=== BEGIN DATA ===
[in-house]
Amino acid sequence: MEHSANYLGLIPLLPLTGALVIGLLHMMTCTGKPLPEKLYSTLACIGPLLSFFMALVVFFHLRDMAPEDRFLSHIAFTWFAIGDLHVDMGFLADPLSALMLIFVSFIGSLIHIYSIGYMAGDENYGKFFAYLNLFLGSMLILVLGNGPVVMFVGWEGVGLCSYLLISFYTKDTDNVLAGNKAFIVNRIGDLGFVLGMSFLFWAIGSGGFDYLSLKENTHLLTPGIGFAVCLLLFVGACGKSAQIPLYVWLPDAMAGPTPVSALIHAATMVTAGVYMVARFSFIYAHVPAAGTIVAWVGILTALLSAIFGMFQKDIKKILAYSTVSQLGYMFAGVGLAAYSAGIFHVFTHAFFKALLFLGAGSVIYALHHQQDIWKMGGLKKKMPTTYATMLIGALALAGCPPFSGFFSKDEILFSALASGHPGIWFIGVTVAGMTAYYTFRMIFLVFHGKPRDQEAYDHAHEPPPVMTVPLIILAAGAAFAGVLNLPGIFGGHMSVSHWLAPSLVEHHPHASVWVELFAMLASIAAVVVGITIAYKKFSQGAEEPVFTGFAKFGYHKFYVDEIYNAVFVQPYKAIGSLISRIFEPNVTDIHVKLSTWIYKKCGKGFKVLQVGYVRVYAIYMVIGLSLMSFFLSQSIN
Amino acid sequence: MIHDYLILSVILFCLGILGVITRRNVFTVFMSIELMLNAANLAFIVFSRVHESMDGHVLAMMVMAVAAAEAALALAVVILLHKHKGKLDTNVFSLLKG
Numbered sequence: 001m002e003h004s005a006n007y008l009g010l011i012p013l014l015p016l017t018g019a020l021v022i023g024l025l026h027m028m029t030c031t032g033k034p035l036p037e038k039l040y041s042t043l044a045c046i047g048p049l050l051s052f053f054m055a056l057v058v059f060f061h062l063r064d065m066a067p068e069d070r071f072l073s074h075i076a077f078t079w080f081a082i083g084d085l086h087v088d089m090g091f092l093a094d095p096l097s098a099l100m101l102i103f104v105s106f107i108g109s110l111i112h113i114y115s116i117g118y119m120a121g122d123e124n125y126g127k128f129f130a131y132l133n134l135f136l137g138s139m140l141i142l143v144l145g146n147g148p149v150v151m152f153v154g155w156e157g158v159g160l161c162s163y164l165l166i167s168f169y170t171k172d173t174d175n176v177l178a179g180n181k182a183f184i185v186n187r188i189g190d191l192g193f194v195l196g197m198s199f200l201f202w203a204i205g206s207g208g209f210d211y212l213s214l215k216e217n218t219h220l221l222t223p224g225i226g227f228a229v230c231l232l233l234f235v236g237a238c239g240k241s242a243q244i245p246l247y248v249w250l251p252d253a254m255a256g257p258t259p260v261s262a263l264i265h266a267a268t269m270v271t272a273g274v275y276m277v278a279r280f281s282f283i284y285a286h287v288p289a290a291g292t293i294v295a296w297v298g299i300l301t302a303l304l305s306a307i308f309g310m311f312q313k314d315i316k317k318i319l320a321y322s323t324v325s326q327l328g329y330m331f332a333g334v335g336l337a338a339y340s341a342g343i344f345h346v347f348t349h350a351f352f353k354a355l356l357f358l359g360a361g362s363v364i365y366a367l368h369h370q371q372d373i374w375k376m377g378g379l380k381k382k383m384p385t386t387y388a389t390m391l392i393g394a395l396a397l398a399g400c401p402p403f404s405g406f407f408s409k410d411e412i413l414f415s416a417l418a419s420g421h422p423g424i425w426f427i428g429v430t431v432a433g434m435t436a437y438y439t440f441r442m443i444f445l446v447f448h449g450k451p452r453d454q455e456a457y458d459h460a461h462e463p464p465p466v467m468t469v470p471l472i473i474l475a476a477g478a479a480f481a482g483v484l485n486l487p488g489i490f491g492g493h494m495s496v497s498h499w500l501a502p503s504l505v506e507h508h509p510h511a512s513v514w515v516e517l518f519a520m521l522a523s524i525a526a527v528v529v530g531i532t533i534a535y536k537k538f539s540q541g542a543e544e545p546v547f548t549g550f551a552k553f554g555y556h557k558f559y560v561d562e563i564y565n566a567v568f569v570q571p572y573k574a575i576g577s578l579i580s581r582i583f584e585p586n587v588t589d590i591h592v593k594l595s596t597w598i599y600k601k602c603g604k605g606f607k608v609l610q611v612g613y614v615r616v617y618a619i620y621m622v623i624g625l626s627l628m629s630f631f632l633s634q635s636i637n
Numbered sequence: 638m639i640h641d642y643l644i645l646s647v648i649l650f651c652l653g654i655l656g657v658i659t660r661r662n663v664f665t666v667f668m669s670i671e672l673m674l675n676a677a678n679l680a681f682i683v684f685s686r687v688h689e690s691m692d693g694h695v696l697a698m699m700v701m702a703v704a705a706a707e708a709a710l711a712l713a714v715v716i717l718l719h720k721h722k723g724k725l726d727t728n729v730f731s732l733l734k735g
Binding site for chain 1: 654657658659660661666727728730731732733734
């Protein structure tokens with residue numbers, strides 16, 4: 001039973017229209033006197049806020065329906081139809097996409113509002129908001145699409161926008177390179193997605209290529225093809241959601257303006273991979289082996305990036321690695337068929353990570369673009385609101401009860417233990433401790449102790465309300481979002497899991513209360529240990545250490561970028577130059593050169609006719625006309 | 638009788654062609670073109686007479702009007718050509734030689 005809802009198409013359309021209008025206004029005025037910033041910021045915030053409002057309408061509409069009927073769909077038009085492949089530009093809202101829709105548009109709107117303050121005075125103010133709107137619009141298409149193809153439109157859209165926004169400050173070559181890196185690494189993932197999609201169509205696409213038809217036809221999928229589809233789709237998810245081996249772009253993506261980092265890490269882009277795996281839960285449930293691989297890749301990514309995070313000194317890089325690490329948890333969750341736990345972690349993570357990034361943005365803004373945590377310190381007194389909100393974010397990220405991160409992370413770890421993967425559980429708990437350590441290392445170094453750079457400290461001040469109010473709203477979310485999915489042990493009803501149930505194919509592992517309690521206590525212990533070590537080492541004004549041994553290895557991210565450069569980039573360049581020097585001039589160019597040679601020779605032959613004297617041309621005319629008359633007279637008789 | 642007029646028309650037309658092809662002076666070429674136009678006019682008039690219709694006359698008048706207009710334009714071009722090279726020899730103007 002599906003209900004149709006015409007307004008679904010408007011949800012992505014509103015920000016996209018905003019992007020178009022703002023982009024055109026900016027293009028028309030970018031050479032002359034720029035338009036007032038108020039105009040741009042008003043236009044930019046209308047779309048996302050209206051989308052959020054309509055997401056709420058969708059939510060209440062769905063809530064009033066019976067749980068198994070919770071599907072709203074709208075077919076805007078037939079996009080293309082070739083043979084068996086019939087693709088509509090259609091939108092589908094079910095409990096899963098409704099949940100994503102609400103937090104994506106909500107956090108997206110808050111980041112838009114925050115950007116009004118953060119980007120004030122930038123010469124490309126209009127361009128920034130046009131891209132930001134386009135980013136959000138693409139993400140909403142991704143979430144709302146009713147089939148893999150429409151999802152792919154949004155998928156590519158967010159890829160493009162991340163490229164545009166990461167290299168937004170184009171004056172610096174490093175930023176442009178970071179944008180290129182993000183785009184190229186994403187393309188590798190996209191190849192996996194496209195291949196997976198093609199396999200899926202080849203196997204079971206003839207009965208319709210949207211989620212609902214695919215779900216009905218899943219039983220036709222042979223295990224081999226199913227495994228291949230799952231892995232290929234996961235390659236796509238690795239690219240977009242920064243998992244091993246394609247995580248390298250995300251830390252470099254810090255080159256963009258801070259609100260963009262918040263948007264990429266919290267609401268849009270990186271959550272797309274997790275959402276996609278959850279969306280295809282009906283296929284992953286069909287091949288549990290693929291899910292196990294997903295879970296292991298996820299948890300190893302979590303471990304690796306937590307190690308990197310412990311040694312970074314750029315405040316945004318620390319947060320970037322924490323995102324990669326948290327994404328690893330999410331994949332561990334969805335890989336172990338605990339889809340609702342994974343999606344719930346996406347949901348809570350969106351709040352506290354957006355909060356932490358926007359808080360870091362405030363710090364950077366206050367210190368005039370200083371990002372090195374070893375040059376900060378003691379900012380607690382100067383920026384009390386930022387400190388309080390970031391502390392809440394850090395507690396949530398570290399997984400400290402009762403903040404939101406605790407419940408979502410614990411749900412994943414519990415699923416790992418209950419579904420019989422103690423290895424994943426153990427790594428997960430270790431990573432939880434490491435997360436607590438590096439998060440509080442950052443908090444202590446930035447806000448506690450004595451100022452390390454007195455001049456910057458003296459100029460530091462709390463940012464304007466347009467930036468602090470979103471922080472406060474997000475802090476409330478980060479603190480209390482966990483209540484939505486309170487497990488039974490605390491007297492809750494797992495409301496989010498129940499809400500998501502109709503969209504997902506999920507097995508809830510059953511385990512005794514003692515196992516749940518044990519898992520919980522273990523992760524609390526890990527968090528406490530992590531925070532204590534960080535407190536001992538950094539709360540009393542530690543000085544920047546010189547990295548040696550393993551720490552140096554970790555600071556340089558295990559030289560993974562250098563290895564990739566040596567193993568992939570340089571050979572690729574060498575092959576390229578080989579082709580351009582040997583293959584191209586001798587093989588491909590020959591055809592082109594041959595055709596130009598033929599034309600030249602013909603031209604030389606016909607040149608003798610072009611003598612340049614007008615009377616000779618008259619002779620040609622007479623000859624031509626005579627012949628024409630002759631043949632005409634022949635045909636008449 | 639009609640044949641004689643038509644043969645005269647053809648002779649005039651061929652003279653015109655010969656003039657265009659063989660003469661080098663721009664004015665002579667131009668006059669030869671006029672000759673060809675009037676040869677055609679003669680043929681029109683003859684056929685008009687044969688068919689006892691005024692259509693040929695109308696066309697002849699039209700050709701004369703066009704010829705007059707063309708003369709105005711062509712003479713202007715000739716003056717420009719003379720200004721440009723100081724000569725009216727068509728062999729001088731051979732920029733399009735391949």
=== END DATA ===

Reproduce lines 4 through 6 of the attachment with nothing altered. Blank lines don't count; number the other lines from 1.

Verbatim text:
Numbered sequence: 001m002e003h004s005a006n007y008l009g010l011i012p013l014l015p016l017t018g019a020l021v022i023g024l025l026h027m028m029t030c031t032g033k034p035l036p037e038k039l040y041s042t043l044a045c046i047g048p049l050l051s052f053f054m055a056l057v058v059f060f061h062l063r064d065m066a067p068e069d070r071f072l073s074h075i076a077f078t079w080f081a082i083g084d085l086h087v088d089m090g091f092l093a094d095p096l097s098a099l100m101l102i103f104v105s106f107i108g109s110l111i112h113i114y115s116i117g118y119m120a121g122d123e124n125y126g127k128f129f130a131y132l133n134l135f136l137g138s139m140l141i142l143v144l145g146n147g148p149v150v151m152f153v154g155w156e157g158v159g160l161c162s163y164l165l166i167s168f169y170t171k172d173t174d175n176v177l178a179g180n181k182a183f184i185v186n187r188i189g190d191l192g193f194v195l196g197m198s199f200l201f202w203a204i205g206s207g208g209f210d211y212l213s214l215k216e217n218t219h220l221l222t223p224g225i226g227f228a229v230c231l232l233l234f235v236g237a238c239g240k241s242a243q244i245p246l247y248v249w250l251p252d253a254m255a256g257p258t259p260v261s262a263l264i265h266a267a268t269m270v271t272a273g274v275y276m277v278a279r280f281s282f283i284y285a286h287v288p289a290a291g292t293i294v295a296w297v298g299i300l301t302a303l304l305s306a307i308f309g310m311f312q313k314d315i316k317k318i319l320a321y322s323t324v325s326q327l328g329y330m331f332a333g334v335g336l337a338a339y340s341a342g343i344f345h346v347f348t349h350a351f352f353k354a355l356l357f358l359g360a361g362s363v364i365y366a367l368h369h370q371q372d373i374w375k376m377g378g379l380k381k382k383m384p385t386t387y388a389t390m391l392i393g394a395l396a397l398a399g400c401p402p403f404s405g406f407f408s409k410d411e412i413l414f415s416a417l418a419s420g421h422p423g424i425w426f427i428g429v430t431v432a433g434m435t436a437y438y439t440f441r442m443i444f445l446v447f448h449g450k451p452r453d454q455e456a457y458d459h460a461h462e463p464p465p466v467m468t469v470p471l472i473i474l475a476a477g478a479a480f481a482g483v484l485n486l487p488g489i490f491g492g493h494m495s496v497s498h499w500l501a502p503s504l505v506e507h508h509p510h511a512s513v514w515v516e517l518f519a520m521l522a523s524i525a526a527v528v529v530g531i532t533i534a535y536k537k538f539s540q541g542a543e544e545p546v547f548t549g550f551a552k553f554g555y556h557k558f559y560v561d562e563i564y565n566a567v568f569v570q571p572y573k574a575i576g577s578l579i580s581r582i583f584e585p586n587v588t589d590i591h592v593k594l595s596t597w598i599y600k601k602c603g604k605g606f607k608v609l610q611v612g613y614v615r616v617y618a619i620y621m622v623i624g625l626s627l628m629s630f631f632l633s634q635s636i637n
Numbered sequence: 638m639i640h641d642y643l644i645l646s647v648i649l650f651c652l653g654i655l656g657v658i659t660r661r662n663v664f665t666v667f668m669s670i671e672l673m674l675n676a677a678n679l680a681f682i683v684f685s686r687v688h689e690s691m692d693g694h695v696l697a698m699m700v701m702a703v704a705a706a707e708a709a710l711a712l713a714v715v716i717l718l719h720k721h722k723g724k725l726d727t728n729v730f731s732l733l734k735g
Binding site for chain 1: 654657658659660661666727728730731732733734